As Pure Gold

25 November 2013

refiner's fireIt’s a story I’ve used over and over again – especially when speaking on holiness. It’s a familiar story told by Amy Carmichael about her visit to a goldsmith as he was refining gold. The story gives such a clear picture of God’s work of refining in our own lives, but I especially love the end when Amy asks the goldsmith how he knows when the gold is pure. His answer is such a powerful reminder of God’s goal for us. “When I can see my face in it then it is pure.”

And yet, as often as I’ve shared this story – as often as I’ve let it speak to my own heart – I found a wonderful new truth in it as I was re-reading it recently. It was actually a side comment in parentheses, but still such a wonderful reminder. Amy Carmichael shared that the goldsmith never leaves the crucible once it’s in the fire. When he begins the refining process, the gold is never left unattended.

I love that reminder.  When we are “in the fire” (never a comfortable place to be), our Refiner will never leave us.  He has a purpose for the flames and will stay right there to see that they work for our good. Gold in an unattended crucible can be ruined.

This isn’t just a nice thought from Amy Carmichael’s story. This truth is solidly backed by Scripture. Psalm 34:18 assures us that “the Lord is close to the brokenhearted…” He never leaves the crucible once it’s in the fire. Both the flames and the gold are under His loving and watchful eye.  I find such encouragement in these words. God will never leave us unattended in the flame, but will lovingly accomplish His purposes. And as Job declared, “when He has tested me, I will come forth as gold.” And so will we!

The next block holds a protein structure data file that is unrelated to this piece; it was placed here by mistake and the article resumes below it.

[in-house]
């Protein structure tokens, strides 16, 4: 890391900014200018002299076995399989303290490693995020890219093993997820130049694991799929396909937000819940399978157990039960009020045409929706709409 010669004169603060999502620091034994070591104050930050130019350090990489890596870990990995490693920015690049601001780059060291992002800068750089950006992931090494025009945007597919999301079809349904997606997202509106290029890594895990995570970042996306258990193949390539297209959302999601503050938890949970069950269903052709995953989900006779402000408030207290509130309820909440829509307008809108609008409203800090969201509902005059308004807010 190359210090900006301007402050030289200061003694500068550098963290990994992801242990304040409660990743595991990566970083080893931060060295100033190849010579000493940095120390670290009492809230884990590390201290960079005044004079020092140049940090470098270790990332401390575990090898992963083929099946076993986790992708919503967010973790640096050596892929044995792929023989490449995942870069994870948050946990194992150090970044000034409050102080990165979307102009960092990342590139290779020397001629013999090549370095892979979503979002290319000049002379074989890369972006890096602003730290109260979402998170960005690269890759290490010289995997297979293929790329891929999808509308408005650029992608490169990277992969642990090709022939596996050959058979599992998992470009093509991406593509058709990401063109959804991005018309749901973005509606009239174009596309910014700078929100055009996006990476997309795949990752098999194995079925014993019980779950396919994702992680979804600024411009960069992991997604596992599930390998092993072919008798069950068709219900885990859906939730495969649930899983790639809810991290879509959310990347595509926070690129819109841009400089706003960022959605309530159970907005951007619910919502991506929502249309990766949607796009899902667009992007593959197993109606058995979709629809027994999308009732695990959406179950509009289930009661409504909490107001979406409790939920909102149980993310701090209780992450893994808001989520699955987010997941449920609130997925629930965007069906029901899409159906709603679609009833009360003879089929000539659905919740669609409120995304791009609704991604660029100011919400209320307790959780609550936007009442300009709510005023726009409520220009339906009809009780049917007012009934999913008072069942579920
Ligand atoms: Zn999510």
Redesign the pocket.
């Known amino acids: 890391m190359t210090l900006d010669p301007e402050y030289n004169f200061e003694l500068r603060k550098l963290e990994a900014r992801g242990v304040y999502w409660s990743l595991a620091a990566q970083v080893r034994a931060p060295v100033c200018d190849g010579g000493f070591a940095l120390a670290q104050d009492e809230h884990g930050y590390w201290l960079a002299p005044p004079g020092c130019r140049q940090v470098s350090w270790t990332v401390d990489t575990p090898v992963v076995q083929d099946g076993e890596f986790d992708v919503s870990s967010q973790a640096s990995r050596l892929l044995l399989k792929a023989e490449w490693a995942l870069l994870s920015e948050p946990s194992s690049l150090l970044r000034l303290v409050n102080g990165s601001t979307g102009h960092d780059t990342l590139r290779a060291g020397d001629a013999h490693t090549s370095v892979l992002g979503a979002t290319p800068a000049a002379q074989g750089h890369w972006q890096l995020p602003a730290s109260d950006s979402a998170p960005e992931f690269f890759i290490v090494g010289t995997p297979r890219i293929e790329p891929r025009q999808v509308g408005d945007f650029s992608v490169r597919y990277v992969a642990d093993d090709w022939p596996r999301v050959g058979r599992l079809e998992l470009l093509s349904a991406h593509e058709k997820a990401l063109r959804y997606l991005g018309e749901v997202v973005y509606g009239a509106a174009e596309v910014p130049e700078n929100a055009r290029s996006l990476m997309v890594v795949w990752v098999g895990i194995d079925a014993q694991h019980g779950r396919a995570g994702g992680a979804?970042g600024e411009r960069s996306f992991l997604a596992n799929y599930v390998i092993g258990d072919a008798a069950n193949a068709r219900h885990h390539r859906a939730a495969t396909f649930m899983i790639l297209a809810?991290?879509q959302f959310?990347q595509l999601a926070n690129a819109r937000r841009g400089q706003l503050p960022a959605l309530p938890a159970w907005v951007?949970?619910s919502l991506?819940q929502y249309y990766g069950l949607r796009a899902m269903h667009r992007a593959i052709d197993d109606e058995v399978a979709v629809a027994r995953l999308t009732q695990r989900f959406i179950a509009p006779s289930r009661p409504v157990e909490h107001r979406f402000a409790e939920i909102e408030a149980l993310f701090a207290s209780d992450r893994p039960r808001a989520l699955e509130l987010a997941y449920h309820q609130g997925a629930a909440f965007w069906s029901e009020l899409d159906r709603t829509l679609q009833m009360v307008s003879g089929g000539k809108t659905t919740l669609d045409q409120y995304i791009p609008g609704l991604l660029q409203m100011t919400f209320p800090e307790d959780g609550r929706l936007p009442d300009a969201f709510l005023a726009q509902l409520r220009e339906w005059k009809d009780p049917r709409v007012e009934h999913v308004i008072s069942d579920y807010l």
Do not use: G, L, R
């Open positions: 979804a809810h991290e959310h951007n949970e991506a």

(This one’s for you, April.)

Boxes Again!

20 September 2013

View from our house

View from our house

We’re in the middle of boxes – again. It wasn’t too long ago (actually less than a year), that I wrote a blog about being done with boxes. Last October we made the move from Pennsylvania to North Carolina and I was ready to be done with boxes. But God had other plans, and we have just made the move back to Pennsylvania, and are, once again, surrounded by boxes.